Mary Louise Kelly: Let me shift you, Senator, to the news of the day and the possibility of a fourth rescue package. Speaker Pelosi has been talking about this all week. Over in the Senate, though, Senate Majority Leader Mitch McConnell says hey, it's way too early to talk about another package. We haven't even got the programs we funded in the one we signed last week up and running. Where do land on that?
Sen. Schumer: I think they're both right. We should be focusing right away—we passed a huge package. We Democrats played a major role in shaping at the Republican bill did not help average folks and did not have a Marshall Plan for hospitals. We added it, and so getting those unemployment checks you know, the federal government under our unemployment on steroids, has said that we will pay every worker their full salary for four months, and the company doesn't have to fire them they can furlough them, stay on the payroll. So when God willingness crisis is over, these companies, restaurants, or manufacturing places can reassemble having not lost their workers, so they're getting paid and getting furloughed. Well, we need those unemployment checks to be out in two weeks. And I've asked the president to make sure that happens. That has to happen immediately.
Mary Louise Kelly: Yeah. The president is calling in this next package for another $2 trillion.
Sen. Schumer: Yes—
Mary Louise Kelly: Aimed at infrastructure.
Sen. Schumer: So, I think—
Mary Louise Kelly: But, may I? Let me just put a question in here, which is, do we have another 2 trillion means 2 trillion here, 2 trillion there? Can we afford this with already a giant deficit?
Sen. Schumer: Well, look, I think we will do a COVID4—we have to. And there are certain things we must do. We have to look at election reform. How are people going to vote? And we need to lay out how and we may have to lay out how Congress is going to vote, if we can't, you know, the Senate, they have to fly, the House, from all over the country. I think we have to do things with paid leave, paid sick leave, paid family leave. As for an infrastructure package, when you start looking down the road, and you say, how do we get our economy going and how deep is the hit to our economy? There is no better thing than infrastructure. But I think that the first job is to beat this healthcare crisis and deal with people who have their immediate problems. And I would not at all be adverse to an infrastructure package. I’d want it to be quite green, looking at the future, as well as the traditional infrastructure. But the immediate need—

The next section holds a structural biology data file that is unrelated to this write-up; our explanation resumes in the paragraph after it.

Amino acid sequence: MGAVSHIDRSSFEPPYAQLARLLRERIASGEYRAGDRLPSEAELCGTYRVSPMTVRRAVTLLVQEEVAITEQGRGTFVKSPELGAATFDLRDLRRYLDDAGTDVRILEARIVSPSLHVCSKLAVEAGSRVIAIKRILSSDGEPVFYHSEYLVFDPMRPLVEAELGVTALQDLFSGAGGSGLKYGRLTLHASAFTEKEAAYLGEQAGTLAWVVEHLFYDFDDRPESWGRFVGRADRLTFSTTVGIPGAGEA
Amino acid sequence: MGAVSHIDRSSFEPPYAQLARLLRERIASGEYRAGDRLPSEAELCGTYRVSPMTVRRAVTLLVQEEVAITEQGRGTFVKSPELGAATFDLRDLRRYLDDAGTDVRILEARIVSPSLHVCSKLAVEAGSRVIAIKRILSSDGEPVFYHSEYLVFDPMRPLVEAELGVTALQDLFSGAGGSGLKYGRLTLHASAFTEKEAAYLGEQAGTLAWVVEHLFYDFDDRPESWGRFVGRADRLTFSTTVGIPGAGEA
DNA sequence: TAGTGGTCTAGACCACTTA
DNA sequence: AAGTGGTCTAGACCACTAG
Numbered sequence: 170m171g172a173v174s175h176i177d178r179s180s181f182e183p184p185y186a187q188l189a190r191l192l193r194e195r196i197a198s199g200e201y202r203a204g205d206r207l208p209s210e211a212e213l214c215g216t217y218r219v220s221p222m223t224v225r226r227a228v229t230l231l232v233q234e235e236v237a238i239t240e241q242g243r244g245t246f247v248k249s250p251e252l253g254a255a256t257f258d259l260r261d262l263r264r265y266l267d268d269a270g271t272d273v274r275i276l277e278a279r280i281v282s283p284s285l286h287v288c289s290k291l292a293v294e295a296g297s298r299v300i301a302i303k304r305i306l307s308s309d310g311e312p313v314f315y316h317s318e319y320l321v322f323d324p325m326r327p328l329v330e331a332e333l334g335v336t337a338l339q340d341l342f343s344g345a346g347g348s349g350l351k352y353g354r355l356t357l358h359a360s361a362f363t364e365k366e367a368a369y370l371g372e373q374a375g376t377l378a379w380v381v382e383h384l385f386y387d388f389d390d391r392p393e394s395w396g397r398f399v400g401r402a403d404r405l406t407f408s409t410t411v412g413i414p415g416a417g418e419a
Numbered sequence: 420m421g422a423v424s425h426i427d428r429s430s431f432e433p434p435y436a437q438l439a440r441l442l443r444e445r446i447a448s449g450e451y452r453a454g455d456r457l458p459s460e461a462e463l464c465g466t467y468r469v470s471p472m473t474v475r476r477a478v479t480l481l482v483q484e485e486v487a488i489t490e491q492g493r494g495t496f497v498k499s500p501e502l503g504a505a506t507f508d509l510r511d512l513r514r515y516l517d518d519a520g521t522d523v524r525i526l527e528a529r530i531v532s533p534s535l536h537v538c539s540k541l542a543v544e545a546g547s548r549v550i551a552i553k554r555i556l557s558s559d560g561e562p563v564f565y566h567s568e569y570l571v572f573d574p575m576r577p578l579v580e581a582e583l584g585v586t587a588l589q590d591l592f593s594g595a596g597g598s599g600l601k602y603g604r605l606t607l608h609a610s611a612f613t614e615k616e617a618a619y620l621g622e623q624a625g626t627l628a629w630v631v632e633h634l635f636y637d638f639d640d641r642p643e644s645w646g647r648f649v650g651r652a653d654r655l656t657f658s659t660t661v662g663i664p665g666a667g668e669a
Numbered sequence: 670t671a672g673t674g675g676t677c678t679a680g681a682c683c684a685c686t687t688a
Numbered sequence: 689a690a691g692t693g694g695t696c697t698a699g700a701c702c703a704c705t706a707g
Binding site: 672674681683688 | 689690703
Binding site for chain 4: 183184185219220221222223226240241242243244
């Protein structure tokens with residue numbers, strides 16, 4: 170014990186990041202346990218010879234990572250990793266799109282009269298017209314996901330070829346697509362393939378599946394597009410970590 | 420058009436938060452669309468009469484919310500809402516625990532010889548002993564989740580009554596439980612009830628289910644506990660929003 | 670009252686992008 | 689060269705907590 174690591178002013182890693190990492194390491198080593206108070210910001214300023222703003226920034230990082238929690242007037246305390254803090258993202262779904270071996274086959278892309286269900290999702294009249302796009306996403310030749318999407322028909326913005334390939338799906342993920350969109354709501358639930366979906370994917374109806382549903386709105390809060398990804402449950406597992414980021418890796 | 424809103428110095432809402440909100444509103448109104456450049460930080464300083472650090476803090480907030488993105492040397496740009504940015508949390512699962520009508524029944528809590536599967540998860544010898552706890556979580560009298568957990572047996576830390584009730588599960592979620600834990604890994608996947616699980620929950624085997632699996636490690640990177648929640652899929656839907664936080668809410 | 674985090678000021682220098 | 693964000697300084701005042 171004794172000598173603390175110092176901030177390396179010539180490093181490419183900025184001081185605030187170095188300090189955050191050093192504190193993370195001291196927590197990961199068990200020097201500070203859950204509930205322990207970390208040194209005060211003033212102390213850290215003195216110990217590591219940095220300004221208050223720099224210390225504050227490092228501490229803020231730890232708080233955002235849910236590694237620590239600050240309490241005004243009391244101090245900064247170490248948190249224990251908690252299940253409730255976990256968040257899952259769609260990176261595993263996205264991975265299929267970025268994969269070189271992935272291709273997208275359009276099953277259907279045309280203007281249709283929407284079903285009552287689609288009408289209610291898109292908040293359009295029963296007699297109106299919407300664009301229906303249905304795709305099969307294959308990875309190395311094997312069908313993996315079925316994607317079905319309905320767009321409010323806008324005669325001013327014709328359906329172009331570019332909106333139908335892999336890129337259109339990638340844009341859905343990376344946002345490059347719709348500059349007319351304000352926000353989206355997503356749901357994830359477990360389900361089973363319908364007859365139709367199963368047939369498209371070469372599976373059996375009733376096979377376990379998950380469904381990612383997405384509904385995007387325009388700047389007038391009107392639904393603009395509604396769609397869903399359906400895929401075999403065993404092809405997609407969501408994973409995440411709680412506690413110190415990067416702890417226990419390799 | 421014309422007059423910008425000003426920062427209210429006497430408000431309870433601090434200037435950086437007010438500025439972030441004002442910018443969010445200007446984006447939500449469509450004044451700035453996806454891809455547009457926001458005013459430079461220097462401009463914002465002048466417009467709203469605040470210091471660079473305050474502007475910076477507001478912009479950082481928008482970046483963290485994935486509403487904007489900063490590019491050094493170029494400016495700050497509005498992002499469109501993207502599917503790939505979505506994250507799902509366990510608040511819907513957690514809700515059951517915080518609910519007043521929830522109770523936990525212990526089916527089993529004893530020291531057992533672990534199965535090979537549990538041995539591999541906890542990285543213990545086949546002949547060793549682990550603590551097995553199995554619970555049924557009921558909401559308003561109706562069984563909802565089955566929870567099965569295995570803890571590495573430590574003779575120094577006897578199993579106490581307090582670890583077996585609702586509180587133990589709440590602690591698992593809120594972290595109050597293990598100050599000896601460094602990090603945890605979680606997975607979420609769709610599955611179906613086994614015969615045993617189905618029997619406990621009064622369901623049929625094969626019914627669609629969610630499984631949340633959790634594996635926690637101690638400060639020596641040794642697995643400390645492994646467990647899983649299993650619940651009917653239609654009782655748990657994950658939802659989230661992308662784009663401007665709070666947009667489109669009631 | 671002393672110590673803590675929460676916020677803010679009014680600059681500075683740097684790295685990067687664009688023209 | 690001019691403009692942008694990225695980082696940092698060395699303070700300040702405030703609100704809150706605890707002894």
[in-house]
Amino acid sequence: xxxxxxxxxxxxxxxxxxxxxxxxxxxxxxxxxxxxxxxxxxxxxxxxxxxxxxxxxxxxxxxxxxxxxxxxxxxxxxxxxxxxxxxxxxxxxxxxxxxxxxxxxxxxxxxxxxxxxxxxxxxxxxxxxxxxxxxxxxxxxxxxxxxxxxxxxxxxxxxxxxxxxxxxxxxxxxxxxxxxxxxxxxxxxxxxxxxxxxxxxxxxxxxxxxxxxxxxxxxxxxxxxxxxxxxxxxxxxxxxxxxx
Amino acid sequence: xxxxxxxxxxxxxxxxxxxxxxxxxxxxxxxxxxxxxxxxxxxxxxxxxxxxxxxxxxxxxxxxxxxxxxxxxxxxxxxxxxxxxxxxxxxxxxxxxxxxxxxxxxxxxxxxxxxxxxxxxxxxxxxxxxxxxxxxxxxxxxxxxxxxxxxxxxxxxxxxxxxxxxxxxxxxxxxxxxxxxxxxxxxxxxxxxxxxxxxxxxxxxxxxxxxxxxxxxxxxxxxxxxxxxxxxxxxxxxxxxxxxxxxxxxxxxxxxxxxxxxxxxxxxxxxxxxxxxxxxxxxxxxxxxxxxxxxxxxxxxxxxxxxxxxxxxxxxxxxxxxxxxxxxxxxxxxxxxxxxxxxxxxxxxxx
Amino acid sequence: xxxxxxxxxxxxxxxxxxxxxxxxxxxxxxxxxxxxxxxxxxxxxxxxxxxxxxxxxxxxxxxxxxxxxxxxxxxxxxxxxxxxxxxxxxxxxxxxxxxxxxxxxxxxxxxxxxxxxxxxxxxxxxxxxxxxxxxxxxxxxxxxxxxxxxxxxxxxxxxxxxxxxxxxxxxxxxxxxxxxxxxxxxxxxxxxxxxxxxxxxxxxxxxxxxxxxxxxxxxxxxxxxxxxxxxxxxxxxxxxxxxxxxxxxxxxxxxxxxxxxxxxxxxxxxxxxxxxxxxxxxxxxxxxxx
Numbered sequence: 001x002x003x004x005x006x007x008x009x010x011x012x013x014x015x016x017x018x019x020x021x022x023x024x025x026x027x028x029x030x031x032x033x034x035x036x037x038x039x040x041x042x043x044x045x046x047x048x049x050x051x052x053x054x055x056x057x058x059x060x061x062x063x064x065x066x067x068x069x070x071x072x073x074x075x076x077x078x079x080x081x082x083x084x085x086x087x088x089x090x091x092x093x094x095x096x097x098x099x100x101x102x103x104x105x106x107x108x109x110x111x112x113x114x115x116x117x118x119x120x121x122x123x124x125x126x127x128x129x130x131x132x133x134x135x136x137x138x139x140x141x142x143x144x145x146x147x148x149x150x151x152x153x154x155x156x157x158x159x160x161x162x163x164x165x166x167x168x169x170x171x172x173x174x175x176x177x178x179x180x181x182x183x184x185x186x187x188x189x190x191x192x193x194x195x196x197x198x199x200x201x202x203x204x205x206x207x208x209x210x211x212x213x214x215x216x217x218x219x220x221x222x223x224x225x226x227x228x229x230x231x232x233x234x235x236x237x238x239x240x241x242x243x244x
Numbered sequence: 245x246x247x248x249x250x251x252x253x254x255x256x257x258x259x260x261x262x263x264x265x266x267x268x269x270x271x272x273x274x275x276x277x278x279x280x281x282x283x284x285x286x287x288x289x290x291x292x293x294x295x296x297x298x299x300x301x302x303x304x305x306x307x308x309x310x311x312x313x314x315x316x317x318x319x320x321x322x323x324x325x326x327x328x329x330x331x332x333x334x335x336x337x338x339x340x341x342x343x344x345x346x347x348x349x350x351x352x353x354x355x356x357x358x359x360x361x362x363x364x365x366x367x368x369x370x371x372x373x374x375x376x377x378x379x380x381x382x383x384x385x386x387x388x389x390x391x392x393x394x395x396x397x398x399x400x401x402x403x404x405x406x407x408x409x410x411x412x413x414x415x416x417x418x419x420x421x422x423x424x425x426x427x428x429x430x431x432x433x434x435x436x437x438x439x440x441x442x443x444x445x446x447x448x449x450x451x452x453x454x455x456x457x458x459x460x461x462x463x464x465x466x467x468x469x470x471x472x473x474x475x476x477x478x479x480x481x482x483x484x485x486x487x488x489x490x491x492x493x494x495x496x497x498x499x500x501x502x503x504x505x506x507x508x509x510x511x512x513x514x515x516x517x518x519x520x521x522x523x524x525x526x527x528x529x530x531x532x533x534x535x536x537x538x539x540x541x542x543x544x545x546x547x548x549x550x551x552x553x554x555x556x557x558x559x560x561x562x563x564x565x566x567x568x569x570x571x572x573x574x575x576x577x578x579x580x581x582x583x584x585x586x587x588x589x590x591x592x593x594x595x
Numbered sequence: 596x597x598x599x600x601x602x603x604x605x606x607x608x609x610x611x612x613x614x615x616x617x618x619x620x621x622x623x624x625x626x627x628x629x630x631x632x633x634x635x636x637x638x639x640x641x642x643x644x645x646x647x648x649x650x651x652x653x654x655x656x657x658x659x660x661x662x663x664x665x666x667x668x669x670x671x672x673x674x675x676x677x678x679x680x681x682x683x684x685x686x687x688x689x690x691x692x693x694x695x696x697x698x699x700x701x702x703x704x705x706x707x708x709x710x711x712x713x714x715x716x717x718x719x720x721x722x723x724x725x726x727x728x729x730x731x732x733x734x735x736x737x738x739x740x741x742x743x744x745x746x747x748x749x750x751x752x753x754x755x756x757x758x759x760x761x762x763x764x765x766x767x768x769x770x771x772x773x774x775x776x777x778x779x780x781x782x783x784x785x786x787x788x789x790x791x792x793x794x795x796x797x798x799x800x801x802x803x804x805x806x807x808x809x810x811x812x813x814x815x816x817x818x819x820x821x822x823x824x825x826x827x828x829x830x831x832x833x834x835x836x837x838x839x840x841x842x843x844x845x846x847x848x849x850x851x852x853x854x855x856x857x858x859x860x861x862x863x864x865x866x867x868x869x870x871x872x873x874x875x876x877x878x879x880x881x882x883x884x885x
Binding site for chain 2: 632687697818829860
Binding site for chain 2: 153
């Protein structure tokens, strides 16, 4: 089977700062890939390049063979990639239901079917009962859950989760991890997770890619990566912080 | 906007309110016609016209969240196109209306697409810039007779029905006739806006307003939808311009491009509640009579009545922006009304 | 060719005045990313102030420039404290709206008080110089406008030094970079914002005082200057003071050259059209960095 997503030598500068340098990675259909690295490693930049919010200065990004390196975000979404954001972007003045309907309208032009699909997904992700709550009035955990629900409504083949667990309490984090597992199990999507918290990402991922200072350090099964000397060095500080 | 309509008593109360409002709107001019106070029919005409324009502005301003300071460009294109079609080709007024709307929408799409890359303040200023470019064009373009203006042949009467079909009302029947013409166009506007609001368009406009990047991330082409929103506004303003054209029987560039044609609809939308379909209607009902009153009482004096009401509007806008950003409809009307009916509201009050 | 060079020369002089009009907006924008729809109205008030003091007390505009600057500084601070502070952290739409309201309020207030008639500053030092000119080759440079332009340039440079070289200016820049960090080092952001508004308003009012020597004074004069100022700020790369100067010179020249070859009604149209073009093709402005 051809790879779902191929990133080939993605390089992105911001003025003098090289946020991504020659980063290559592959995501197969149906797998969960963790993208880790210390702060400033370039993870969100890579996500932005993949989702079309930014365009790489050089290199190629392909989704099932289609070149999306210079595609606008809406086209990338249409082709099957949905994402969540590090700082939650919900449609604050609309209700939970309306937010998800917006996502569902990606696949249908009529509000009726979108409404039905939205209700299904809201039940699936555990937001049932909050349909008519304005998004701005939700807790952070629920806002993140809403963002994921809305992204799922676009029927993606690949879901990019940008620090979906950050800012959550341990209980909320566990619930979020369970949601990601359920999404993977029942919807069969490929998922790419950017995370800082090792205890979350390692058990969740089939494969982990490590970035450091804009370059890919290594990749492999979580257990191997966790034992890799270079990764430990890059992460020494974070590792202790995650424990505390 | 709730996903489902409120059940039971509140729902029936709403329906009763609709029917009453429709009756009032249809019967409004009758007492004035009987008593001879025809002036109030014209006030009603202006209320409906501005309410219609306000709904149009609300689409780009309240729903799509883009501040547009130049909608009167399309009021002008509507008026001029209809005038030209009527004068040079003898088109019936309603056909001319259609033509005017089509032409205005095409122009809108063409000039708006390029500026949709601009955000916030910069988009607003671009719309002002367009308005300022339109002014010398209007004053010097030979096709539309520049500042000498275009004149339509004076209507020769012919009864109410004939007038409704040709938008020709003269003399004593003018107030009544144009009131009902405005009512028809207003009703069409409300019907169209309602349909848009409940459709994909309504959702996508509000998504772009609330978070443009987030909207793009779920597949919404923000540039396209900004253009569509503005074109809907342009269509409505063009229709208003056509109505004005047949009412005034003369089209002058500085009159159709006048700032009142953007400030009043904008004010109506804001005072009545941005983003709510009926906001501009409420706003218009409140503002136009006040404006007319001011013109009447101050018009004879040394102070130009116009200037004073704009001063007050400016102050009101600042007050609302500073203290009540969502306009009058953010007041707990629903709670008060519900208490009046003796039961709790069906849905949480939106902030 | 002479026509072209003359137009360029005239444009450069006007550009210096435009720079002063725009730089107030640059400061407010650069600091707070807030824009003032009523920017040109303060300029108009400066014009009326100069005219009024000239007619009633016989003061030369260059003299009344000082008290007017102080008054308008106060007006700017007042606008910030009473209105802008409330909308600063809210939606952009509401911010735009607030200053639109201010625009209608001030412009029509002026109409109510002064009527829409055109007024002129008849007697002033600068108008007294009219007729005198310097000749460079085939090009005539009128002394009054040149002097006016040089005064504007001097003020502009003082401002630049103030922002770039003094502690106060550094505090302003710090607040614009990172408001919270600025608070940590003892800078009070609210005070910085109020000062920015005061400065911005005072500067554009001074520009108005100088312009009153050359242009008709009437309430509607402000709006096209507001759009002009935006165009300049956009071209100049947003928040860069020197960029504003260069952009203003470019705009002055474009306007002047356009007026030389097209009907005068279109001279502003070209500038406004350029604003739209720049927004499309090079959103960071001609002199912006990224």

Mary Louise Kelly: It does prompt the question of how infrastructure would even get done when much of the country is on lockdown.
Sen. Schumer: Exactly. So it's a longer range view of getting the economy back. But job number one, get that those materials to our hospitals and to our health care workers. Get the unemployment checks out to people who need it. Make sure that thousand dollar payment. I talked to the President today and I said, you know, not the President—Mnuchin, rather—
Mary Louise Kelly: The Treasury Secretary.
Sen. Schumer: I’m getting all these jumbled into each other. Yeah, make sure that people who don't have—who haven't paid taxes or don't have some kind of job pay or everyone on Social Security should get one of these checks.
Mary Louise Kelly: And just in the moments we have left Senator, can Congress do anything about that? About getting those checks to people who need to pay their bills, need to pay rent?
Sen. Schumer: I think we did a very good job, not perfect—
Mary Louise Kelly: Just briefly.
Sen. Schumer: But we do need a COVID4, quickly—on laying out what has to happen. Now it's up to the administration to get it done. But we have to watch them like a hawk because this administration is not good at administering.
Mary Louise Kelly: Senator, thank you.
Sen. Schumer: Nice to talk to you. Mary Louise.
Mary Louise Kelly: Senate Minority Leader Chuck Schumer talking to us there from his home in Brooklyn.